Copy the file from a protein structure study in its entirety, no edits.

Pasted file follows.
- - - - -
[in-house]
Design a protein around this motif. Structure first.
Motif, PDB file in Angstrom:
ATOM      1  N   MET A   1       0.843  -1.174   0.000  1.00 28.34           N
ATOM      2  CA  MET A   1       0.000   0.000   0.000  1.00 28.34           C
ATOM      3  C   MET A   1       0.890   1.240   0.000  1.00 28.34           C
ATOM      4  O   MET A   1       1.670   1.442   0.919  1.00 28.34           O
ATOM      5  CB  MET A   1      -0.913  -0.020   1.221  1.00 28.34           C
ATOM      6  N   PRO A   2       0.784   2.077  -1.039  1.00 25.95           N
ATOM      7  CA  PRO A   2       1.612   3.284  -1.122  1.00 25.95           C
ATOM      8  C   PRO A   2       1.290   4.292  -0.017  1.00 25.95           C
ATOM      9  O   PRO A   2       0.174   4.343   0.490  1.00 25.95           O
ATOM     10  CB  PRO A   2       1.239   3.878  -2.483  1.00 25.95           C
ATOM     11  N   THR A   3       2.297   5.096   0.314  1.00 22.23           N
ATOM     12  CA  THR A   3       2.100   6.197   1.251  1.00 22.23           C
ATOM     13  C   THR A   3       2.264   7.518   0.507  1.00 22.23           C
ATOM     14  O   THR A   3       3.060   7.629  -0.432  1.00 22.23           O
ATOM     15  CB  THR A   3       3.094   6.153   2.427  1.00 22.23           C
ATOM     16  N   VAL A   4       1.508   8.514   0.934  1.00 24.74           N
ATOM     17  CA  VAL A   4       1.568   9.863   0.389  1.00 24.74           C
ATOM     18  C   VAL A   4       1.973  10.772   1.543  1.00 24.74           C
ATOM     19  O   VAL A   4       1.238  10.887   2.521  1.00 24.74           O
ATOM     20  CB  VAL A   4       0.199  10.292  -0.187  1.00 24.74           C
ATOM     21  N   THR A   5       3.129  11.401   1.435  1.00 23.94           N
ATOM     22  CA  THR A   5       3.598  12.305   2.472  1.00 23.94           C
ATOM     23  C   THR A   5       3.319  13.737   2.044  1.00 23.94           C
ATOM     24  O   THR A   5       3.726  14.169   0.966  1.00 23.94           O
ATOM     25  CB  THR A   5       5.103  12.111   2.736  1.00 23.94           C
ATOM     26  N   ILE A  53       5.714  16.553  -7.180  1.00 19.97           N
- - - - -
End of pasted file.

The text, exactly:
[in-house]
Design a protein around this motif. Structure first.
Motif, PDB file in Angstrom:
ATOM      1  N   MET A   1       0.843  -1.174   0.000  1.00 28.34           N
ATOM      2  CA  MET A   1       0.000   0.000   0.000  1.00 28.34           C
ATOM      3  C   MET A   1       0.890   1.240   0.000  1.00 28.34           C
ATOM      4  O   MET A   1       1.670   1.442   0.919  1.00 28.34           O
ATOM      5  CB  MET A   1      -0.913  -0.020   1.221  1.00 28.34           C
ATOM      6  N   PRO A   2       0.784   2.077  -1.039  1.00 25.95           N
ATOM      7  CA  PRO A   2       1.612   3.284  -1.122  1.00 25.95           C
ATOM      8  C   PRO A   2       1.290   4.292  -0.017  1.00 25.95           C
ATOM      9  O   PRO A   2       0.174   4.343   0.490  1.00 25.95           O
ATOM     10  CB  PRO A   2       1.239   3.878  -2.483  1.00 25.95           C
ATOM     11  N   THR A   3       2.297   5.096   0.314  1.00 22.23           N
ATOM     12  CA  THR A   3       2.100   6.197   1.251  1.00 22.23           C
ATOM     13  C   THR A   3       2.264   7.518   0.507  1.00 22.23           C
ATOM     14  O   THR A   3       3.060   7.629  -0.432  1.00 22.23           O
ATOM     15  CB  THR A   3       3.094   6.153   2.427  1.00 22.23           C
ATOM     16  N   VAL A   4       1.508   8.514   0.934  1.00 24.74           N
ATOM     17  CA  VAL A   4       1.568   9.863   0.389  1.00 24.74           C
ATOM     18  C   VAL A   4       1.973  10.772   1.543  1.00 24.74           C
ATOM     19  O   VAL A   4       1.238  10.887   2.521  1.00 24.74           O
ATOM     20  CB  VAL A   4       0.199  10.292  -0.187  1.00 24.74           C
ATOM     21  N   THR A   5       3.129  11.401   1.435  1.00 23.94           N
ATOM     22  CA  THR A   5       3.598  12.305   2.472  1.00 23.94           C
ATOM     23  C   THR A   5       3.319  13.737   2.044  1.00 23.94           C
ATOM     24  O   THR A   5       3.726  14.169   0.966  1.00 23.94           O
ATOM     25  CB  THR A   5       5.103  12.111   2.736  1.00 23.94           C
ATOM     26  N   ILE A  53       5.714  16.553  -7.180  1.00 19.97           N